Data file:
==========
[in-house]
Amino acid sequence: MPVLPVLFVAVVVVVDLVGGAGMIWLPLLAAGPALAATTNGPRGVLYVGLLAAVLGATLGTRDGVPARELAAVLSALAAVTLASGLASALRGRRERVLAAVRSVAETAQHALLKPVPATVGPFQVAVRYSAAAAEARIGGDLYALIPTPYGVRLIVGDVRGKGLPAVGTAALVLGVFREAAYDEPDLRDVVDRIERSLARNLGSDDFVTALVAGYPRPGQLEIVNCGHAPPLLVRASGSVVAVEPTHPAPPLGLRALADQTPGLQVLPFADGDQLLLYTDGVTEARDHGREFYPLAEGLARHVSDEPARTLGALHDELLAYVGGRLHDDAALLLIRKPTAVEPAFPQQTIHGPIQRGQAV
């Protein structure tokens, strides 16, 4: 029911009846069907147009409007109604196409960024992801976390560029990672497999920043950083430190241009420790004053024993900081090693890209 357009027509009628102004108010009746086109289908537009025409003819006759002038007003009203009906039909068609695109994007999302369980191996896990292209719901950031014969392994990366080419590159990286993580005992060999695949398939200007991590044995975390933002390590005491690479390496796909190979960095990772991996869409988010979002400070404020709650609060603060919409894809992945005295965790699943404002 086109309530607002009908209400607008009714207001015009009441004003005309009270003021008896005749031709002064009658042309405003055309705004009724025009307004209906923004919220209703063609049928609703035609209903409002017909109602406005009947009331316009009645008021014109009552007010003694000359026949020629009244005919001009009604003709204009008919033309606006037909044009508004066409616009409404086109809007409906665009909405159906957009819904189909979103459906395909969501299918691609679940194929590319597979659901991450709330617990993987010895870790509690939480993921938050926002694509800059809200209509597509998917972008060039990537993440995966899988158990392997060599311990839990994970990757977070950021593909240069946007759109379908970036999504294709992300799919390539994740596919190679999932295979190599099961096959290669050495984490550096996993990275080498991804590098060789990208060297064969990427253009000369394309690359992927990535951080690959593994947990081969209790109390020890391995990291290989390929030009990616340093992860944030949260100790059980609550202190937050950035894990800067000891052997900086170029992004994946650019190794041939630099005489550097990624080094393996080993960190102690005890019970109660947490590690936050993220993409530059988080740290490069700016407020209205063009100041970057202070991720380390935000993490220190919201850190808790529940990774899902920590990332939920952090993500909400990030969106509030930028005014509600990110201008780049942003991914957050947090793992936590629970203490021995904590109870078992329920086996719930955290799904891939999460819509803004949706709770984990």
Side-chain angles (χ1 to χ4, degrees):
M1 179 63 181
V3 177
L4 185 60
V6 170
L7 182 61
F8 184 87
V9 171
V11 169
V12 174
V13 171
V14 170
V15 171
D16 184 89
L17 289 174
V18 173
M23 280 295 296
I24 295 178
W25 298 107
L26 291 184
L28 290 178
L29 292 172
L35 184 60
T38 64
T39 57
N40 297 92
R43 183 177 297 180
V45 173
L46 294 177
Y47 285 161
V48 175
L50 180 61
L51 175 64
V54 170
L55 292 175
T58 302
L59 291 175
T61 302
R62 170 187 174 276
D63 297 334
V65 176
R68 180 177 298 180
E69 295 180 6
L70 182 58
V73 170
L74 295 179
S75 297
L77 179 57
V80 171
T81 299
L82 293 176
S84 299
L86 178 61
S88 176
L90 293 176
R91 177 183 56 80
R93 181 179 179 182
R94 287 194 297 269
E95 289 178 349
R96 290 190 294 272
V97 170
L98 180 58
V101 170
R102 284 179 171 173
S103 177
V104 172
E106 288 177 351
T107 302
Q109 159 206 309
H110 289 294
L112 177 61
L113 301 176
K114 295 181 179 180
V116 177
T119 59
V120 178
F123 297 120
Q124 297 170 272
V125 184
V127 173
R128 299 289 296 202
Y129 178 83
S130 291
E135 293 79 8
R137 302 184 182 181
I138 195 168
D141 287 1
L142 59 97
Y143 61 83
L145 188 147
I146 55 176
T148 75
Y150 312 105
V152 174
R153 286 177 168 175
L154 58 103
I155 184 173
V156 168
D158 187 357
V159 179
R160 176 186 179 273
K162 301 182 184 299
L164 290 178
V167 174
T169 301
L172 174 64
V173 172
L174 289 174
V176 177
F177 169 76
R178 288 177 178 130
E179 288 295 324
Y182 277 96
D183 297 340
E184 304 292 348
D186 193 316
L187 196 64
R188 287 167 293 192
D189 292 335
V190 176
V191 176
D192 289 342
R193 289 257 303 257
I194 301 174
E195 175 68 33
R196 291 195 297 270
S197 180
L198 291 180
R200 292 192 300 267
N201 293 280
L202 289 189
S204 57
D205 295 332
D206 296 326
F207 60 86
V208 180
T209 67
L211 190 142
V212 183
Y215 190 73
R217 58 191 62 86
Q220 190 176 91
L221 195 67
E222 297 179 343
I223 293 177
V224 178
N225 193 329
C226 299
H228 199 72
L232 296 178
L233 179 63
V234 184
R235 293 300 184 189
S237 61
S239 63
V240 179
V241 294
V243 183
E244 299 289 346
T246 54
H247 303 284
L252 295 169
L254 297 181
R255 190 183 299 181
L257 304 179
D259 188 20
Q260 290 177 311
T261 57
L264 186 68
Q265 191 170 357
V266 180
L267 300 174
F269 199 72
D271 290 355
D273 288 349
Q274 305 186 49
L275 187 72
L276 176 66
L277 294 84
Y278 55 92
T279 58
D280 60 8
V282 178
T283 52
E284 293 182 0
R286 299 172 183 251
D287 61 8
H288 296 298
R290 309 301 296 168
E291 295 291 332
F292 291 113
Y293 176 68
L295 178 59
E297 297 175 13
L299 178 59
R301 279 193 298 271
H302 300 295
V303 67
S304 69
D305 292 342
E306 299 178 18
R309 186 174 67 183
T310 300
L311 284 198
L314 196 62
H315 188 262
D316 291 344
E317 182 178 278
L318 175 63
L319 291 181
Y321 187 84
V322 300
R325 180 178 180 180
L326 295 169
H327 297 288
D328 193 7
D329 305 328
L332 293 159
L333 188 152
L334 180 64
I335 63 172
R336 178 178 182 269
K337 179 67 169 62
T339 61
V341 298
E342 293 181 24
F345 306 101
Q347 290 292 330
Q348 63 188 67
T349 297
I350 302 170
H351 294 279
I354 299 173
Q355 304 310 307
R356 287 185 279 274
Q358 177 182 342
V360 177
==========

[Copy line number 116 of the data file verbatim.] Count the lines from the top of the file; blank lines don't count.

Y182 277 96